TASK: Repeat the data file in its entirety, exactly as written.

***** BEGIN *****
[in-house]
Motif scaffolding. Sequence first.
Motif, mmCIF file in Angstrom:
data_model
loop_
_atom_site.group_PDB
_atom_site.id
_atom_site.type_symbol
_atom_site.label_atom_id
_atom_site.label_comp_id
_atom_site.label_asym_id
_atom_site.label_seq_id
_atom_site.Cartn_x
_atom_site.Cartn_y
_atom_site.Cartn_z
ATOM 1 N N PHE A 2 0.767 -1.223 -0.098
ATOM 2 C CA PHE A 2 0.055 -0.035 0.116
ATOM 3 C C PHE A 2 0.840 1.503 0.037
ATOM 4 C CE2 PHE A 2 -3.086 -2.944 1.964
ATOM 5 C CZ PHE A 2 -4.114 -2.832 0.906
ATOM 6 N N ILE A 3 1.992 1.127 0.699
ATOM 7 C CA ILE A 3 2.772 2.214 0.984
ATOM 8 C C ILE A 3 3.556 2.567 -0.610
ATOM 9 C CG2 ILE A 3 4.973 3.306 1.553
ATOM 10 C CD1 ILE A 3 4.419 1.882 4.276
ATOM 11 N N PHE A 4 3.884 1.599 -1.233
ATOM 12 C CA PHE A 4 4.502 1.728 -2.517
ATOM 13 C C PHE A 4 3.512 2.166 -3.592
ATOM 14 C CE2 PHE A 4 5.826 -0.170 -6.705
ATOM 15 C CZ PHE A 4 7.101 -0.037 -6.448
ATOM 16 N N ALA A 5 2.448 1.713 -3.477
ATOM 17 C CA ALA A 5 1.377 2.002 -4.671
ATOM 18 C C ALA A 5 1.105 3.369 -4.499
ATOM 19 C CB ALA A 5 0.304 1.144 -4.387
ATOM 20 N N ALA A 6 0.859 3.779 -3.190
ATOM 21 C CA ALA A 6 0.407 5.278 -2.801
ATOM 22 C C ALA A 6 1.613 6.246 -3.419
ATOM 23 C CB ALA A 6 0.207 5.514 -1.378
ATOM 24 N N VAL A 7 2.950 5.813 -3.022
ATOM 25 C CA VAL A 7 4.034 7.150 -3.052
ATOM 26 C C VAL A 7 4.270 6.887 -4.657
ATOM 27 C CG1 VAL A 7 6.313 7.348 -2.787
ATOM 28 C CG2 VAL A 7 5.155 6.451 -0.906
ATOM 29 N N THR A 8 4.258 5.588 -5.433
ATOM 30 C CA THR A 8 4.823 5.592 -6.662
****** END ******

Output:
[in-house]
Motif scaffolding. Sequence first.
Motif, mmCIF file in Angstrom:
data_model
loop_
_atom_site.group_PDB
_atom_site.id
_atom_site.type_symbol
_atom_site.label_atom_id
_atom_site.label_comp_id
_atom_site.label_asym_id
_atom_site.label_seq_id
_atom_site.Cartn_x
_atom_site.Cartn_y
_atom_site.Cartn_z
ATOM 1 N N PHE A 2 0.767 -1.223 -0.098
ATOM 2 C CA PHE A 2 0.055 -0.035 0.116
ATOM 3 C C PHE A 2 0.840 1.503 0.037
ATOM 4 C CE2 PHE A 2 -3.086 -2.944 1.964
ATOM 5 C CZ PHE A 2 -4.114 -2.832 0.906
ATOM 6 N N ILE A 3 1.992 1.127 0.699
ATOM 7 C CA ILE A 3 2.772 2.214 0.984
ATOM 8 C C ILE A 3 3.556 2.567 -0.610
ATOM 9 C CG2 ILE A 3 4.973 3.306 1.553
ATOM 10 C CD1 ILE A 3 4.419 1.882 4.276
ATOM 11 N N PHE A 4 3.884 1.599 -1.233
ATOM 12 C CA PHE A 4 4.502 1.728 -2.517
ATOM 13 C C PHE A 4 3.512 2.166 -3.592
ATOM 14 C CE2 PHE A 4 5.826 -0.170 -6.705
ATOM 15 C CZ PHE A 4 7.101 -0.037 -6.448
ATOM 16 N N ALA A 5 2.448 1.713 -3.477
ATOM 17 C CA ALA A 5 1.377 2.002 -4.671
ATOM 18 C C ALA A 5 1.105 3.369 -4.499
ATOM 19 C CB ALA A 5 0.304 1.144 -4.387
ATOM 20 N N ALA A 6 0.859 3.779 -3.190
ATOM 21 C CA ALA A 6 0.407 5.278 -2.801
ATOM 22 C C ALA A 6 1.613 6.246 -3.419
ATOM 23 C CB ALA A 6 0.207 5.514 -1.378
ATOM 24 N N VAL A 7 2.950 5.813 -3.022
ATOM 25 C CA VAL A 7 4.034 7.150 -3.052
ATOM 26 C C VAL A 7 4.270 6.887 -4.657
ATOM 27 C CG1 VAL A 7 6.313 7.348 -2.787
ATOM 28 C CG2 VAL A 7 5.155 6.451 -0.906
ATOM 29 N N THR A 8 4.258 5.588 -5.433
ATOM 30 C CA THR A 8 4.823 5.592 -6.662